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Cardiff Blues: 10 (10) Edinburgh Rugby: 3 (3)

I had a tooth pulled this morning.  I'm fine, thanks for asking.  The procedure was undertaken swiftly, efficiently and was accompanied by some surprisingly interesting chat about common experiences of exciting holidays in California. That's 21st century dentistry for you.

This evening's encounter at the Arms Park, by contrast, was more akin to dental practice back in the days when barbers had a sideline in surgery, hence the famous red and white pole.  Old style painful.  

The Blues got off to a bit of a flier, scoring all of their points in the first 16 minutes.  Meanwhile, the Embramen had only a solitary Fowles penalty, booted early in the second quarter, to show for 80 minutes of largely directionless effort.  There was the consolation of a losing bonus, mind.  And that has been one of the positives of this term. Although they have lost five times in the Pro12 now, the Gunners have stuck at it and secured four losing bonus points, the minimum acceptable return from any match.   

Results elsewhere so far this weekend, notably Connacht's fine win over the leaders Llanelli, leave the capital side just three points off the top, in fourth spot at the time of typing.  While Leinster are looking like champions-elect at the moment, anyone else can beat anyone in this league.  The top six are clustered within four points of each other and a survivor pool is beginning to open a handy gap to seventh placed Ospreys, now eight points behind Munster.  But that's why it is so important to win matches such as this.  

It ain't rocket science to point it out, but it's all very well getting up for Derby matches in front of 23,500 folk.  If you can't back that up with wins away from home against clubs in the lower reaches then you're going to struggle.  This should have been a match that the Gunners were targetting for four points - try bonuses, for them, are unlikely against non-Italian opposition at their current stage of development.  But that never really looked likely, particularly during a first half of staggering hopelessness, where they rarely ventured in to the enemy 22.  Indeed, Cardiff will be kicking themselves too, having botched two further try scoring opportunities, while playmaker Patchell missed two simple penalty chances.   

This was by no means a first choice Gunners select.  With injuries and international calls hitting the pack hard, Mike Coman had to fill one boilerhouse slot.  The guy has got a huge heart but this was a long way from ideal.  But like the first London Irish match - although, happily, not accompanied by a hammering on the scoreboard - this was an Edinburgh selection that should still have been strong enough to win.  That they did not was largely due to too many guys having had little gametime for too long.  To take one example, Greig Tonks at fullback currently looks like a man who has never seen a rugby ball before and desperately needs time on the paddock.  Lack of rotation in the first half of the season is hurting the Embramen at the moment.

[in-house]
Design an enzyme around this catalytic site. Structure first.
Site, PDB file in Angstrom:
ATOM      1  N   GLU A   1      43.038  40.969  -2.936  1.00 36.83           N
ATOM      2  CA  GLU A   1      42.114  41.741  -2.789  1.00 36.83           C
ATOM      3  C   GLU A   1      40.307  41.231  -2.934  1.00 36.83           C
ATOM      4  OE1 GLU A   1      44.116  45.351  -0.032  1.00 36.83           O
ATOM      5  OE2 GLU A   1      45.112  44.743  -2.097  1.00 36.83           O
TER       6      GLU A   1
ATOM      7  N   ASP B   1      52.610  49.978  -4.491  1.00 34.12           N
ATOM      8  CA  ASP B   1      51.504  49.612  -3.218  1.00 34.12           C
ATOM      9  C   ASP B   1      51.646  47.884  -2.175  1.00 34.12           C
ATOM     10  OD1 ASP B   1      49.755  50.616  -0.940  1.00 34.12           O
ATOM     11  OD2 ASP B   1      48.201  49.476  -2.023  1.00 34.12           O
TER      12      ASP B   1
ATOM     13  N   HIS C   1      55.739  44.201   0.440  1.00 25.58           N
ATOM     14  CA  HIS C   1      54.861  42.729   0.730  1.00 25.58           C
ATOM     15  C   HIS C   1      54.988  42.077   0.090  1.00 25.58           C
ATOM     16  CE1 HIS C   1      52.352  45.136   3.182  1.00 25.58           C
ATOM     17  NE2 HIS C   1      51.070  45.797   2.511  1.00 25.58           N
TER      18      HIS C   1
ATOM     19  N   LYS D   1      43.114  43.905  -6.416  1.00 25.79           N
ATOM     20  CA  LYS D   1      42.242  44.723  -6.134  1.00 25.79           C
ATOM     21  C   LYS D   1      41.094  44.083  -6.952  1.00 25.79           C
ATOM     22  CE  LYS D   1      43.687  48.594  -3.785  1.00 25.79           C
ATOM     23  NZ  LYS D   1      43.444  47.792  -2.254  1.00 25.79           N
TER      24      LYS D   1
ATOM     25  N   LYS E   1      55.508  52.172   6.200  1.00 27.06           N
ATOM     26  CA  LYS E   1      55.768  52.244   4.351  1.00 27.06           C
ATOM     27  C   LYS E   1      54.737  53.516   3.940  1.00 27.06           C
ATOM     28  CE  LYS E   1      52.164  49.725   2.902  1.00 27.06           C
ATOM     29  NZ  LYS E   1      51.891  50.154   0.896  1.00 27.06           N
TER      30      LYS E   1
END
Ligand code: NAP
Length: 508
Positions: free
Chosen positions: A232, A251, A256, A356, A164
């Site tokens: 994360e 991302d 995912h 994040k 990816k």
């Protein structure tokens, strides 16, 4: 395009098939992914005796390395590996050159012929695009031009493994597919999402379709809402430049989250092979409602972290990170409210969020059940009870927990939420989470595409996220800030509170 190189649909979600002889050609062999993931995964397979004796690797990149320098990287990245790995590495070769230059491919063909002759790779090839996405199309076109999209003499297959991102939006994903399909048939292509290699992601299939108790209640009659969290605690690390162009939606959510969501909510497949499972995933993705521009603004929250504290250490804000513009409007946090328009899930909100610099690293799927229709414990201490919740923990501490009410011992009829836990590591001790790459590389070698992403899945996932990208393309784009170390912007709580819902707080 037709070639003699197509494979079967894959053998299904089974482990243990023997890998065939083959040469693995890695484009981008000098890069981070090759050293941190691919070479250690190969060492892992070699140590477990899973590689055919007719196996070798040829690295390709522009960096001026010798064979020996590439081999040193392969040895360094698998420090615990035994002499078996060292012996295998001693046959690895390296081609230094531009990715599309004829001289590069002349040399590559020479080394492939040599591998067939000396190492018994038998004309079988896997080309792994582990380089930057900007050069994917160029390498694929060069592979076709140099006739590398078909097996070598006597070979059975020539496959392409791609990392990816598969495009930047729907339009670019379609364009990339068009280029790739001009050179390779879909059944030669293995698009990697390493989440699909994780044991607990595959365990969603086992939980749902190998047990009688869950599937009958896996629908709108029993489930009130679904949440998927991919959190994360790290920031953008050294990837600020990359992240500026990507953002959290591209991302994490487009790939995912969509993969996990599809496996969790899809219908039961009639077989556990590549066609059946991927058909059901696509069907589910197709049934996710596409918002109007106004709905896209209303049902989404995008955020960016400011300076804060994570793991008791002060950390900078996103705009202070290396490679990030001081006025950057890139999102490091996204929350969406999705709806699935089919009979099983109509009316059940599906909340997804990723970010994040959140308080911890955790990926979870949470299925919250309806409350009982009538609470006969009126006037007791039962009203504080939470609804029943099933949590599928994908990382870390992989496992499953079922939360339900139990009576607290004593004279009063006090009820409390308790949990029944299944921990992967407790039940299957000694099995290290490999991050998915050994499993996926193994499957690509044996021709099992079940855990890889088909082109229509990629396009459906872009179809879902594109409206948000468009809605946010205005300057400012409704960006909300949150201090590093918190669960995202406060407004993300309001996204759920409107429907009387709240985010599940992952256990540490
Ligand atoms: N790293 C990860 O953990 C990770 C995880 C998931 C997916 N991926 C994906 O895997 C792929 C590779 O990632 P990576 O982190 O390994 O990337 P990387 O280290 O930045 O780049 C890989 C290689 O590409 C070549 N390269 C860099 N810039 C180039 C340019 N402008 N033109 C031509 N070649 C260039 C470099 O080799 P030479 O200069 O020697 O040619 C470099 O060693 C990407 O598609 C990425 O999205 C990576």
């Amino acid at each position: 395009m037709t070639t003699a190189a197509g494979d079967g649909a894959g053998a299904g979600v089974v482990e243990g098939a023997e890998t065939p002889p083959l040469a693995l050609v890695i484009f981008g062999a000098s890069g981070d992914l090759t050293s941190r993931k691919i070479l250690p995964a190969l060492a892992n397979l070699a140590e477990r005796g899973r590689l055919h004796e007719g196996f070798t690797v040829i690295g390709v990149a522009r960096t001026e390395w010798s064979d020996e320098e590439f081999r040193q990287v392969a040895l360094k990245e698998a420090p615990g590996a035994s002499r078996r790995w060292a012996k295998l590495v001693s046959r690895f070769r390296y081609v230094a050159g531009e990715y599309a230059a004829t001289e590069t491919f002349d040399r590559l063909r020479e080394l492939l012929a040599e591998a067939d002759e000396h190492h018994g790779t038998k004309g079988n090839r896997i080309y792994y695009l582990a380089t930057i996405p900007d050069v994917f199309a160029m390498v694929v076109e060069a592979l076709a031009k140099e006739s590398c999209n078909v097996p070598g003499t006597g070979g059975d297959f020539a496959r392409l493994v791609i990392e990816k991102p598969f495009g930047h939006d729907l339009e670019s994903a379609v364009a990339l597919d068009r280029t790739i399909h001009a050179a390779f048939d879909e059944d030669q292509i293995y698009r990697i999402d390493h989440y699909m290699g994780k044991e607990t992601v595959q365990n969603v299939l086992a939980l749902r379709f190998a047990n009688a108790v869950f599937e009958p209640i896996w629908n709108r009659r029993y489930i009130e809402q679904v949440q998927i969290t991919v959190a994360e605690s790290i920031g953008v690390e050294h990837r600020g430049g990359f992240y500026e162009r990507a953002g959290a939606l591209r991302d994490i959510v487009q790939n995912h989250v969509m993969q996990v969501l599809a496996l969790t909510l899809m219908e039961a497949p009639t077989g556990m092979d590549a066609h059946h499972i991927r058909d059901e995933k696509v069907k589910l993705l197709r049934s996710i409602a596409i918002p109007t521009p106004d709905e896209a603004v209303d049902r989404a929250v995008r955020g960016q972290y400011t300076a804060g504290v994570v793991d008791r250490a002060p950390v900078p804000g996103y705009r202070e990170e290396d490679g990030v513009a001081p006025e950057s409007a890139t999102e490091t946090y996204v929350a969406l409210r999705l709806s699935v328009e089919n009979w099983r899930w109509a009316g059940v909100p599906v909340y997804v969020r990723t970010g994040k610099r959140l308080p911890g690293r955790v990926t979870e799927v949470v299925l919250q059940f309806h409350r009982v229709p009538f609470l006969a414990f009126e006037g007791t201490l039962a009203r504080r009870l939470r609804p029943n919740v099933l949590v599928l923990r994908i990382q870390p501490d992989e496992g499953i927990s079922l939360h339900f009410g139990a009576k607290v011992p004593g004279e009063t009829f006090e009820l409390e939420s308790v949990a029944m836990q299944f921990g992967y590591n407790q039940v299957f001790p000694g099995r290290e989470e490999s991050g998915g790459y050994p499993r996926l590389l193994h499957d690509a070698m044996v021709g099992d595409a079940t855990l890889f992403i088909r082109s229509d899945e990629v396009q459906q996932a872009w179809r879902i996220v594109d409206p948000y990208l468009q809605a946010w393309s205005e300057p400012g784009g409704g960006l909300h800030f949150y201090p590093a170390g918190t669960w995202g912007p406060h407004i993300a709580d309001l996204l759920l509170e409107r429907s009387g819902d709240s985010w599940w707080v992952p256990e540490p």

Off early scrum ball, the Blues executed a good move in midfield that saw full back Fish cross on two minutes, Patchell knocking over the extras.  Playing into the wind, the visitors enjoyed some possession but were gettgin nowhere against a well marshalled defence.  Then it ws Cardiff's turn to attack, firstly kicking a penalty to touch then rumbling goalwards only for the TMO to adjudge that Vosawai had executed a double movement in crossing.  But Patchell made no mistake with a penalty shortly afterwards to put the Blues 10-0 up on 16 minutes.

Fowles' penalty on 22 minutes got the Gunners on the board, but the Blues were back on the attack and Fish and then Navidi came close.  They kicked a breakdown penalty to the corner and Vosawai was again over, but found another way to throw points away as he knocked on.  Patchell's first missed penalty was the highlight of an otherwise forgettable few minutes as the match subsided into half time.

Now playing with the wind, the Gunners had a penalty chance following a Ma'afu high tackle.  Tonks kicked to the corner but Edinburgh could not maintain the pressure.  When Sutherland was carded for a breakdown offence in the middle of the park, one felt that this might be the cue for Cardiff to ease away. They failed to do so.  First, Patchell missed a very easy penalty, then the TMO spotted a foot in touch as their maul rumbled over the Gunners' line.

Hope sprang eternal going into the final ten minutes as Edinburgh started to spread the ball a bit more.  And when Thyer tipped Brown beyond the horizontal in the tackle, a yellow card and the possibility of a lifeline seemed inevitable.  It was not given, however, and the Gunners had to be content with the bonus.